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Author:Laxman Burdak, IFS (Retd.), Jaipur
Districts in Gujarat State

Gujarat (Hindi: गुजरात, Gujarati: ગુજરાત) is the second-most industrialized state in the India (after Maharashtra).


Gujarat borders Pakistan, and the states of Rajasthan to the north-east, Madhya Pradesh to the east, Maharashtra and the Union territories of Diu, Daman, Dadra and Nagar Haveli to the south.

Districts in Gujarat

Ahmadabad, Amreli, Anand, Banas Kantha, Bharuch, Bhavnagar, Dohad, Gandhinagar, Jamnagar, Junagadh, Kachchh, Kheda, Mahesana, Narmada, Navsari, Panch Mahals, Patan, Porbandar, Rajkot, Sabar Kantha, Surat, Surendranagar, The Dangs, Vadodara, Valsad,

Origin of name

Alexander Cunningham[1] writes that the name of Gurjjara was confined to Western Rajasthan in the time of Hwen Thsang, and that it was still a distinct country from Saurashtra in A.D. 812, when Karka Raja of Lateshwara recorded his grant of land.

Alexander Cunningham[2] writes that In my account of the province of Gurjjara I have already noticed an old inscription of the kings of the Gurjjara tribe. From this record we learn that in S. 380, or A.D. 458 the Gujars had pushed their conquests

[p.322]: as far south as the banks of the Narbada. In that year, and subsequently in A.D. 463, their king Sri Datta Kusali[3] made several grants of land to certain Brahmans in the district of Akrureswara, near Jambusara, which I take to be Akalesar, on the south bank of the Narbada, opposite Bharoch. But before S. 394, or A.D. 472, the Gujars must have been driven back to the north, as far at least as Khambay, as the Chalukya prince Vijaya made several grants of land to the same Brahmans in the town of Jambusara, which lies between Bharoch and Khambay. It is certain, therefore, that the Gujars had occupied the country to the north of the peninsula as early as the fifth century of the Christian era. But two centuries later they had already lost their power, as Hwen Thsang found a Kshatriya prince on the throne of Gurjjara. They must still, however, have Continued to form the bulk of the population of the countries to the west and south of Mount Abu ; and as Alaf Khan, the first Muhammadan conqueror, under Ala-ud-din Khilji, fixed his head-quarters at Naharwara, or Analwara, in the very heart of the Gujar country, I think it probable that the name of Gujarat was then first applied to this new province of the Delhi empire ; and as the peninsula of Saurashtra formed a part of the province, it was also included under the same general appellation. I therefore look upon the extension of the name of Gujarat to the peninsula as a political convenience rather than an ethnographical application. Hamilton[4] notes that the greater part of Malwa and Khandes was formerly called Gujarat; and this is borne out by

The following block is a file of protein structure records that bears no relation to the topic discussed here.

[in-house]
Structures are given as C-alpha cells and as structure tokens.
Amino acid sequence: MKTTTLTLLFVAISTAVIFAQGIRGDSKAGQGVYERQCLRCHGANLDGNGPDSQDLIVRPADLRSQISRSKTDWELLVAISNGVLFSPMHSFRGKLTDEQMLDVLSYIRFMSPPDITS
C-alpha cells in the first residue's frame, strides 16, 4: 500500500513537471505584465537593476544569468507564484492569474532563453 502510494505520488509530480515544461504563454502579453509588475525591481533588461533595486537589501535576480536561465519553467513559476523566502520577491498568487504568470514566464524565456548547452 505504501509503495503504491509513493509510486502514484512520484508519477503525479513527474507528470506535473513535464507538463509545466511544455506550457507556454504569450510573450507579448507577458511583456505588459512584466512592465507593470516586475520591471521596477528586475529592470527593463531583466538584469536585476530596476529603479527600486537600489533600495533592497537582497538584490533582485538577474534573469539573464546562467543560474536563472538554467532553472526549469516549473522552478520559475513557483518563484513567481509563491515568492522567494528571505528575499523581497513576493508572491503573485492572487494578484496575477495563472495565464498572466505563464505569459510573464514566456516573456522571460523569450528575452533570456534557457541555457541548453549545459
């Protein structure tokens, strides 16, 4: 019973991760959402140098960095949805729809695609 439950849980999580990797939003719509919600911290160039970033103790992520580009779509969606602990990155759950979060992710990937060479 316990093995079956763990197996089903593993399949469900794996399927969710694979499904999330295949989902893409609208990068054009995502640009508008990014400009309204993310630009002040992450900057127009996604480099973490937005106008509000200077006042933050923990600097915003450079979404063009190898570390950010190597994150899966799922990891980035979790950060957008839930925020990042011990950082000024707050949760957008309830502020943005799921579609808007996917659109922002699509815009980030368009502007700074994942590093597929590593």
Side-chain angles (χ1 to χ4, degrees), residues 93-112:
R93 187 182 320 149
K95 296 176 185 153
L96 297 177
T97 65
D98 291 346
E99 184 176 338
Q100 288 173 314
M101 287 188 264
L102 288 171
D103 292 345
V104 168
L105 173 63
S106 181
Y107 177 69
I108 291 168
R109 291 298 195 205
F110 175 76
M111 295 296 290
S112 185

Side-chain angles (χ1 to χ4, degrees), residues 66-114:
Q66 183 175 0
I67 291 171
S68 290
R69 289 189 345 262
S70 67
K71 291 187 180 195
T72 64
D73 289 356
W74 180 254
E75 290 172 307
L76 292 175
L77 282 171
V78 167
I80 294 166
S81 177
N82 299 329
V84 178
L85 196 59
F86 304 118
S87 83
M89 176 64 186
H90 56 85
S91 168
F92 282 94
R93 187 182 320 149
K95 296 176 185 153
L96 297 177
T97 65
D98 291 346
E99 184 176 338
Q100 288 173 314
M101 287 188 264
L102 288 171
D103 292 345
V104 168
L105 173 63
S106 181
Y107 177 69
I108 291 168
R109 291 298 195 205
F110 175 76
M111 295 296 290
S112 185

[p.323]: Marco Polo, who distinguishes between the peninsula, which he calls Sumenat (Somnath) and the kingdom of Gozurat, which he places on the coast to the north of Tana ; that is, about Bharoch and Surat. Even at the present day the name of Gujarat is not known to the natives of the peninsula itself, who continue to call their country Surat and Kathiawar;[5] the latter name having been a recent adoption of the Mahrattas.


Many settlements of the Indus Valley Civilization, also known as the Harappan Civilization, have been found in Gujarat. The most important of these are the trade port of Lothal in south eastern Gujarat and Dholavira in western Gujarat.

The name of the state is derived from Gujjarātta (Gurjar Rāshtra), which means the land of the Gujjars. It is believed that a tribe of Gujjars migrated to India around the 5th century. Gujarat's coastal cities, chiefly Bharuch, served as ports and trading centres for the Maurya and Gupta empires. After the collapse of the Gupta Empire in the 6th century, Gujarat flourished as an independent Hindu kingdom. The Maitraka dynasty, descended from a Gupta general, ruled from the 6th to the 8th centuries from their capital at Vallabhi, although they were ruled briefly by Harshavardhana during the 7th century. In 775 the first Parsi (Zoroastrian) refugees arrived in Gujarat from Iran. The Arab rulers of Sindh sacked Vallabhi in 770, bringing the Maitraka dynasty to an end. A branch of the Pratihara clan ruled Gujarat after the eighth century.

Historical places

Click the link below to know details about places of historical importance:

Jats in Gujarat